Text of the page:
The Unnerving Reality of Perineural Nerve Blocks

Learn about the challenges associated with interpreting perineural nerve blocks used to help diagnose lameness.
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At Table Topic sessions during the annual American Association of Equine Practitioners (AAEP) Convention, roomfuls of horse doctors discuss important elements of equine practice. One of those conversations, which took place at the 2014 edition, held Dec. 6-10 in Salt Lake City, Utah, covered the challenges associated with interpreting perineural nerve blocks that veterinarians use to help diagnose the source of lameness in horses.

Michael Schramme, DrMedVet, CertEO, PhD, Dipl. ECVS, ACVS, professor at the Ecole Nationale Vétérinaire in France, and Katherine Garrett, DVM, Dipl. ACVS, of Rood & Riddle Equine Hospital, in Lexington, Kentucky, led the discussion.

Veterinarians administer nerve blocks in a diligent, sequential fashion starting as far down on the limb as possible and with as little anesthetic (even as little as 1 mL of mepivicaine) as possible. Their goal is to numb certain areas of a lame limb to see if the horse trots sound, narrowing the cause of the lameness to the numbed area. Mepivicaine lasts longer than lidocaine, the veterinarians noted, but lidocaine produces quicker pain relief. Researchers have shown that lidocaine can irritate tissue, however, and is more toxic to cartilage than mepivicaine, making the latter the perineural nerve blocking agent of choice.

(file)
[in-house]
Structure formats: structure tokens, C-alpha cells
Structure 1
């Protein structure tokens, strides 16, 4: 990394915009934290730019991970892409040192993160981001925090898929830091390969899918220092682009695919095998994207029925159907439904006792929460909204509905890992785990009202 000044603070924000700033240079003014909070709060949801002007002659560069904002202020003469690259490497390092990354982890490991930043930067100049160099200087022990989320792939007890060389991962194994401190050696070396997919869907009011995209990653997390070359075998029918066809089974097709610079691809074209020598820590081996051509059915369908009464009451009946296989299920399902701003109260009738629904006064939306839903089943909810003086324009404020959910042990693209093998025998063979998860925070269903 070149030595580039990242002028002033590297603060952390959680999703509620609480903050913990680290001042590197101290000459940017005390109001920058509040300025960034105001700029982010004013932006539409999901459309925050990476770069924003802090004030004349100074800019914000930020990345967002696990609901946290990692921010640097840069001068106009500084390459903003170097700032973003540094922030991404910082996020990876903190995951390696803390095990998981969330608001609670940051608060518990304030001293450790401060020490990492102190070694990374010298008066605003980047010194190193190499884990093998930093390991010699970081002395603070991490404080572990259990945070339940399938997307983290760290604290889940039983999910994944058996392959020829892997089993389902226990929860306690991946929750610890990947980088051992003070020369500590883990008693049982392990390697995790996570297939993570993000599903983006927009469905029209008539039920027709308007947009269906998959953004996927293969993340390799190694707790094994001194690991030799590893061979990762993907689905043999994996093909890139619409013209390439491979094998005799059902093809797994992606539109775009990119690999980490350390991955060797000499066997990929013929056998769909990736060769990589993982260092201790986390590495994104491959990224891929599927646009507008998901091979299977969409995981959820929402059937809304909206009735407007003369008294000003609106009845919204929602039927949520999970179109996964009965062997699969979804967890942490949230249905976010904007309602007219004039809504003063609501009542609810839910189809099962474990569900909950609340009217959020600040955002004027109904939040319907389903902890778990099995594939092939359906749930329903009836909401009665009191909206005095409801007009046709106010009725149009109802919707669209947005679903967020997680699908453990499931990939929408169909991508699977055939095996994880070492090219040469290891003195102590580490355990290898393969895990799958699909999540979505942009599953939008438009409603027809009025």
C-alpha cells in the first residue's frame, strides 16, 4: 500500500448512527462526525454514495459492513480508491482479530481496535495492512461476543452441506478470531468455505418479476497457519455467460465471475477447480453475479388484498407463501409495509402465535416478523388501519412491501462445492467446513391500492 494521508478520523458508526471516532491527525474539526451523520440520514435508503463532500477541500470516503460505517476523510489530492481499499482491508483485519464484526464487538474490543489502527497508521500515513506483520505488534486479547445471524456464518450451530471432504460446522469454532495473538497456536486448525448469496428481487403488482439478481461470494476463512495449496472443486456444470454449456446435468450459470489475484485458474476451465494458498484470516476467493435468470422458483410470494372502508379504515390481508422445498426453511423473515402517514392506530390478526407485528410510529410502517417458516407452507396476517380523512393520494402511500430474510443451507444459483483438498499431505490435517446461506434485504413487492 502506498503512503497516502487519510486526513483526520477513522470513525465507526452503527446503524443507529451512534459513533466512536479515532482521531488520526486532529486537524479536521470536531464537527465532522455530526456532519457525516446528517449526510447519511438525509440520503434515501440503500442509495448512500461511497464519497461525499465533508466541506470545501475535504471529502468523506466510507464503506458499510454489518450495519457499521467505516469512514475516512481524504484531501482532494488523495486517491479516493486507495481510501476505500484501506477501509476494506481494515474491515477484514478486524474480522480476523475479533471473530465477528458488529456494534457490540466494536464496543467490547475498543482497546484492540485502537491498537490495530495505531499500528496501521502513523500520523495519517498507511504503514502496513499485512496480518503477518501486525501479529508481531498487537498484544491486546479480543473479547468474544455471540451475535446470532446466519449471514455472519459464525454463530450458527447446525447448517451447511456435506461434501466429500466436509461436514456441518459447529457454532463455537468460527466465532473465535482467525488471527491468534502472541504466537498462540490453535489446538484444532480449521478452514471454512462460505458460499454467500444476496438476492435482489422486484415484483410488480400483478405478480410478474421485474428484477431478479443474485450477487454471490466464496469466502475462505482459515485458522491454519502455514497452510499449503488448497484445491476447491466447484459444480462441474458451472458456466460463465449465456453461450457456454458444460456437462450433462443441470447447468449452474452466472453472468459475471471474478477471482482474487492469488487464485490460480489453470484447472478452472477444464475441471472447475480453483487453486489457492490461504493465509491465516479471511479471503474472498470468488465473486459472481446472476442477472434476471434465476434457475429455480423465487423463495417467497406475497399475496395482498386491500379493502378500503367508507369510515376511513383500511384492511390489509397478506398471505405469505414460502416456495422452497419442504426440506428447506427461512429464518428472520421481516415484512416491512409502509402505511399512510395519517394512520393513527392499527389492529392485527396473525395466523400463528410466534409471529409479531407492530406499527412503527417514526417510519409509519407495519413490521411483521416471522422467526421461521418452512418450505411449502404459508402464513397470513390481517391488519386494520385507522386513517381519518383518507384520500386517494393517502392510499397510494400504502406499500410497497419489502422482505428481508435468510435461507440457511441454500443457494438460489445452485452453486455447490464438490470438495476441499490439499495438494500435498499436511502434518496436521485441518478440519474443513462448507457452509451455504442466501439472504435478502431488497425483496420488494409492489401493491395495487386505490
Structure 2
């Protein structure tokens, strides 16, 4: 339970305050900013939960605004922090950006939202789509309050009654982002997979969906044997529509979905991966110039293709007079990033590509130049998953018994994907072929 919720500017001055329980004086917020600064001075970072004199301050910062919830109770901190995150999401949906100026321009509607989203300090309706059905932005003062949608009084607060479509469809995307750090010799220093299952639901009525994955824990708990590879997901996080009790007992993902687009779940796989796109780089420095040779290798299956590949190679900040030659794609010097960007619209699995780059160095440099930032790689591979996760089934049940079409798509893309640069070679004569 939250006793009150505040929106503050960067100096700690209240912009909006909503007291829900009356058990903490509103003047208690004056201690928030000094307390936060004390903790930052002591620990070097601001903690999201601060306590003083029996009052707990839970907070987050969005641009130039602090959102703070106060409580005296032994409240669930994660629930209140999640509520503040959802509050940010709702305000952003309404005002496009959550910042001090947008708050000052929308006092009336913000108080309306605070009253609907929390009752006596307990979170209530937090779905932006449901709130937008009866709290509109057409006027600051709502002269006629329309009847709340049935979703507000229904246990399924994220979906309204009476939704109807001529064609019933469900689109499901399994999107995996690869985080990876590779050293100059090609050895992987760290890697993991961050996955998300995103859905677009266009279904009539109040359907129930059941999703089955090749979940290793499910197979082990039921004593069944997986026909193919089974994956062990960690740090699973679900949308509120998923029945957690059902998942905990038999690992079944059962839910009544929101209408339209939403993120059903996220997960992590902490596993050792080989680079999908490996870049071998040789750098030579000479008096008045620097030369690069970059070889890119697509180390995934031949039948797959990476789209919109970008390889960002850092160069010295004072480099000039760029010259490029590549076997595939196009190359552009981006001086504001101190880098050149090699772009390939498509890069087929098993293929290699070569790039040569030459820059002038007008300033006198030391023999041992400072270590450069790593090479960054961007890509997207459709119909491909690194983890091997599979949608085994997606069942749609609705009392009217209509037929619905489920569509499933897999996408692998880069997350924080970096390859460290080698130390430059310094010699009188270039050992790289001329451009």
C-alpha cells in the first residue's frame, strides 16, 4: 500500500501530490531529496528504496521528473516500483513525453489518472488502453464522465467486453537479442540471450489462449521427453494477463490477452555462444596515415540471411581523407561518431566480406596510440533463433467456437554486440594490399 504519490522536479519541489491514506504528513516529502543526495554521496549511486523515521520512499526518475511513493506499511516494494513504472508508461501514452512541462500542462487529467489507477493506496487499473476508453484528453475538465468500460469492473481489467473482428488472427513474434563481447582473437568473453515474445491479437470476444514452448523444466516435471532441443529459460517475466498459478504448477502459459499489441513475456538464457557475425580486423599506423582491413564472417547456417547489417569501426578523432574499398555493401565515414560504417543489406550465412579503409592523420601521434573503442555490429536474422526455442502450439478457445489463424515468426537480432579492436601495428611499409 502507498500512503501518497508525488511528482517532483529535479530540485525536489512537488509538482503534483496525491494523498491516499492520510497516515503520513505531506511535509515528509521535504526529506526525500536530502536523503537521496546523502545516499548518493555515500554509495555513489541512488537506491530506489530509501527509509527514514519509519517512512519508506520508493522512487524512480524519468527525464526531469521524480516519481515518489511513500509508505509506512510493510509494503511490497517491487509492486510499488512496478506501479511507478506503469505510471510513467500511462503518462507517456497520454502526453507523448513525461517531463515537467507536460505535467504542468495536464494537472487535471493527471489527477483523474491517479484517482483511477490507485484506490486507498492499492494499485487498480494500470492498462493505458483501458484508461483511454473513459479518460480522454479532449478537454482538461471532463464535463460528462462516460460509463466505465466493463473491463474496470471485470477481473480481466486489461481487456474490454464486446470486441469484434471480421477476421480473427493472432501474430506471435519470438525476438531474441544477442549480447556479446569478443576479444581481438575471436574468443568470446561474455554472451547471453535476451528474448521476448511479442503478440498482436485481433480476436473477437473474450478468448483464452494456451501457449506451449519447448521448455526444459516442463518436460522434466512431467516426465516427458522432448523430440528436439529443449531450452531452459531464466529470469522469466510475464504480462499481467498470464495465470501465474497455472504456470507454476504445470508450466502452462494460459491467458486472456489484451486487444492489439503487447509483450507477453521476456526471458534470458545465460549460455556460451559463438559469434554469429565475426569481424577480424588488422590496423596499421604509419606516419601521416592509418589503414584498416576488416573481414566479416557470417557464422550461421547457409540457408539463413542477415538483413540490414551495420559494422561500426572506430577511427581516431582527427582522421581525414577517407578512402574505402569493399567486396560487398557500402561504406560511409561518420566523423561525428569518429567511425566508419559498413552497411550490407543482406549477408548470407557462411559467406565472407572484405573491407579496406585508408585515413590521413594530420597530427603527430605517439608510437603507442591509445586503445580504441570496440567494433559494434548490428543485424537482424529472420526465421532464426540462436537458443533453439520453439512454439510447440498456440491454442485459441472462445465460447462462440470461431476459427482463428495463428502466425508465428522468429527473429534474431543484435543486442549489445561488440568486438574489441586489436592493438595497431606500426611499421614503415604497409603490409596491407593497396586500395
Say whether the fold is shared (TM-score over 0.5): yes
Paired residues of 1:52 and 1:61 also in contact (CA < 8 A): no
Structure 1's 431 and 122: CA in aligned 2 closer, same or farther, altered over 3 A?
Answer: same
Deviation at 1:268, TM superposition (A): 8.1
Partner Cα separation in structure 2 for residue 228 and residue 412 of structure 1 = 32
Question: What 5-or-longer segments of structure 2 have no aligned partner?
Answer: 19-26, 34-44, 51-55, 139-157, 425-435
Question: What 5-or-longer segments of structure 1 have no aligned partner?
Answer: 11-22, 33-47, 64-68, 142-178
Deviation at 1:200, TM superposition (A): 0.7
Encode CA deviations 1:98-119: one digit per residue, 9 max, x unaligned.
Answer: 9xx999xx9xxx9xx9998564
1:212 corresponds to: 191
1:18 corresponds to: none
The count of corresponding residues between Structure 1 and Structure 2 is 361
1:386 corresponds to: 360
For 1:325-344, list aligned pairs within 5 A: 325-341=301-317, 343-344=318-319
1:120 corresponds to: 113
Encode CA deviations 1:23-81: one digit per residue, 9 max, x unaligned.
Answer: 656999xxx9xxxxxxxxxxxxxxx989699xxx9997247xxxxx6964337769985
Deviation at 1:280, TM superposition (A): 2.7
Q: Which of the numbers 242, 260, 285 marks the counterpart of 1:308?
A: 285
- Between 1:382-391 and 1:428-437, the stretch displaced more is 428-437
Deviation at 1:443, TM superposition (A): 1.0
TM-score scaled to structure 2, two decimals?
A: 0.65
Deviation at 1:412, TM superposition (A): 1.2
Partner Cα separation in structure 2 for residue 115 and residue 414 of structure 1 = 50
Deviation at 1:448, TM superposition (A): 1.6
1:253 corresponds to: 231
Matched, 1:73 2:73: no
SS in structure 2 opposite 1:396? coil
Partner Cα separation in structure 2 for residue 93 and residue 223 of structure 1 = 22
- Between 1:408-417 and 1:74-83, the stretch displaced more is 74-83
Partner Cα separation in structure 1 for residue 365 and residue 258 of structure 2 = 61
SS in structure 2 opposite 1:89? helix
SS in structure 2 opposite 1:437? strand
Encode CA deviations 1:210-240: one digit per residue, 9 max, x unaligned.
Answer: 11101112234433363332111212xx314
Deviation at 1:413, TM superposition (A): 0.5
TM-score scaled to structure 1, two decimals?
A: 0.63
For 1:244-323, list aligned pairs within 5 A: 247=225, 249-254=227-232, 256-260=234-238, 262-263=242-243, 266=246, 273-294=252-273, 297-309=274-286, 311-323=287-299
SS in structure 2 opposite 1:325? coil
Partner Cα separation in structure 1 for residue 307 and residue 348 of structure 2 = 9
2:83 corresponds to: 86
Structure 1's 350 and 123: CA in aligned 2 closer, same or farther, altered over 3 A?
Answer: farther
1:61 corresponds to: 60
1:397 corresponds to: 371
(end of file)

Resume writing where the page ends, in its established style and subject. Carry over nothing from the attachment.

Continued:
Attendees discussed how MRI studies have demonstrated that the palmar digital nerve (PDN) block, often used to block out the rear portion of the foot, actually can block lesions higher in the leg because the anesthetic migrates as high as the fetlock. At a 2012 AAEP Convention presentation, Natasha Werpy, DVM, Dipl. ACVR, clinical associate professor at the University of Florida’s College of Veterinary Medicine, showed that as many as 10% of horses block out to the palmar digital nerve block because their lameness originates in the fetlock, not the foot

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Nancy S. Loving, DVM, owns Loving Equine Clinic in Boulder, Colorado, and has a special interest in managing the care of sport horses. Her book, All Horse Systems Go, is a comprehensive veterinary care and conditioning resource in full color that covers all facets of horse care. She has also authored the books Go the Distance as a resource for endurance horse owners, Conformation and Performance, and First Aid for Horse and Rider in addition to many veterinary articles for both horse owner and professional audiences.

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